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“We were trying to push him, push him on the shoulders to wake him up,” Feruzbek Karshiev, 8, said. I was scared.” “I was kind of nervous,” Jacob Shivers, 8, said. “Something bad happened.” Colleen Sims was at work when she got an urgent call from the Loesche school nurse about her 7-year-old son, Lucas.“I didn’t know why he wasn’t waking up.” The teacher summoned the school nurse and sent Jacob, Feruzbek, and their classmates to the cafeteria for lunch. “She said he was ‘unresponsive,’ ” Sims, a registered nurse herself, recalled.Firefighters traced the deadly, odorless fumes to a portable generator on the school’s roof that construction workers were using to power their tools during roof repairs.Someone had placed it close to the air intake vents.

Reporters also found that the School District of Philadelphia, as it had at Loesche Elementary, routinely does major building renovations during school hours — even though the U. Environmental Protection Agency strongly recommends against it.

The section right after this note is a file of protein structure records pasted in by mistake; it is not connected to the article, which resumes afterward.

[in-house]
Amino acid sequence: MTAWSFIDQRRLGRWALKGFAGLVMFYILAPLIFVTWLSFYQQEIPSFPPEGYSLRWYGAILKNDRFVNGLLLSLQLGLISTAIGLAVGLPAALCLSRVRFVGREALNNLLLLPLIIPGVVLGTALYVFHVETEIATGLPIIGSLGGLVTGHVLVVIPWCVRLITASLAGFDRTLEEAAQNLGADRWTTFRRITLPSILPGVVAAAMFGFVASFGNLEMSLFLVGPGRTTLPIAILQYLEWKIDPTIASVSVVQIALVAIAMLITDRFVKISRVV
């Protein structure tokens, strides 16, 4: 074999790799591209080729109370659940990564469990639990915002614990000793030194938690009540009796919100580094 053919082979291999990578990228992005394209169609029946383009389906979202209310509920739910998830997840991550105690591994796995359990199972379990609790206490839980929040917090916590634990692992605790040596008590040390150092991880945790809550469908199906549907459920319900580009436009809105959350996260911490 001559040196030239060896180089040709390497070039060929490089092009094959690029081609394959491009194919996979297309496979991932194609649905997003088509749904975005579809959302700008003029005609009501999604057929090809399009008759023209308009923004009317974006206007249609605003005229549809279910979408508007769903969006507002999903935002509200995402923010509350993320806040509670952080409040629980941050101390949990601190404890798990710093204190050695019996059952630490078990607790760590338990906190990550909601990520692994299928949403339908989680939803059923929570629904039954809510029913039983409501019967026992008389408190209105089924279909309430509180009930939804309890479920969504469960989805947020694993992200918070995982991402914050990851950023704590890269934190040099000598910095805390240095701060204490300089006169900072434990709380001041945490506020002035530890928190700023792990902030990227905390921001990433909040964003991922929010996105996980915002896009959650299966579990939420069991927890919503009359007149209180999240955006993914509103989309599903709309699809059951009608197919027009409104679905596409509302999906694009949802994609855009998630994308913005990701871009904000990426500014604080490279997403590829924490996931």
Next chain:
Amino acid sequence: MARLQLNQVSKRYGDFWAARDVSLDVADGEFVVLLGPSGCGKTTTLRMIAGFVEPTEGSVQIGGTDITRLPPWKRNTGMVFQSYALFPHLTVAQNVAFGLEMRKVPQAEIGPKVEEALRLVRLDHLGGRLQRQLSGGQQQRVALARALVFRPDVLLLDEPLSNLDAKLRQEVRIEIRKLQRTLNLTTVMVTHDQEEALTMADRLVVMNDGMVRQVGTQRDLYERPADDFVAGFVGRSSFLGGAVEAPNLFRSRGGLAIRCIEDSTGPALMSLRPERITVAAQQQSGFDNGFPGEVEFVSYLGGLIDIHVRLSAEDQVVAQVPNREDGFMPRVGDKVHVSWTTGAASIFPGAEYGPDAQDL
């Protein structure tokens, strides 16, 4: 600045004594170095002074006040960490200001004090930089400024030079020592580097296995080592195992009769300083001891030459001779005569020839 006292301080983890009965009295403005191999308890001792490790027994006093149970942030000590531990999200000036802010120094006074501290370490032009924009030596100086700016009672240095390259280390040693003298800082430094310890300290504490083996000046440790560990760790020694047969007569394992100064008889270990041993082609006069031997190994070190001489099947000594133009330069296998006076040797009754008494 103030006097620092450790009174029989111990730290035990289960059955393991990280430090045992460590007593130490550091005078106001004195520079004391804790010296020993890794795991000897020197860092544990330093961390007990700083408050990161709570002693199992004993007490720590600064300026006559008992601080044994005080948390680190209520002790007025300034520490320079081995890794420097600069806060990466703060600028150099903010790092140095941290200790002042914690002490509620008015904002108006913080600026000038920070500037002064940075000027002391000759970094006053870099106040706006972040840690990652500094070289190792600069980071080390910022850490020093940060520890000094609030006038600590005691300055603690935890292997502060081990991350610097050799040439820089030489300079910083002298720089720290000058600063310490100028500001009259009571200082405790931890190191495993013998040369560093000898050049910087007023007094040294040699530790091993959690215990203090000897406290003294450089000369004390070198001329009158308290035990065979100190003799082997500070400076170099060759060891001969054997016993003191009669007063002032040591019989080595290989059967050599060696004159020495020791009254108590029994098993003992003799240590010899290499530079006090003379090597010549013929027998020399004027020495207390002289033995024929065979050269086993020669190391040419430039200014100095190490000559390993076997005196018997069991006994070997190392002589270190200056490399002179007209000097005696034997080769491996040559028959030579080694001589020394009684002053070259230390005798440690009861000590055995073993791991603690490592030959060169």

As part of its “Toxic City” series, the Inquirer and Daily News investigated environmental hazards in Philadelphia district schools.

It found that the district can take months, even years, to address reported hazards that can make children sick — peeling lead paint, deteriorating asbestos, mold, rodent infestations, leaking roofs and pipes.

“They don’t monitor the contractors closely enough and they don’t apply what they’ve learned when they go to the next school,” he said.

“They do the same thing over and over again.” Jacob Shivers, 8, with his mother, Melissa Ann Shivers, at their home in Northeast Philadelphia.

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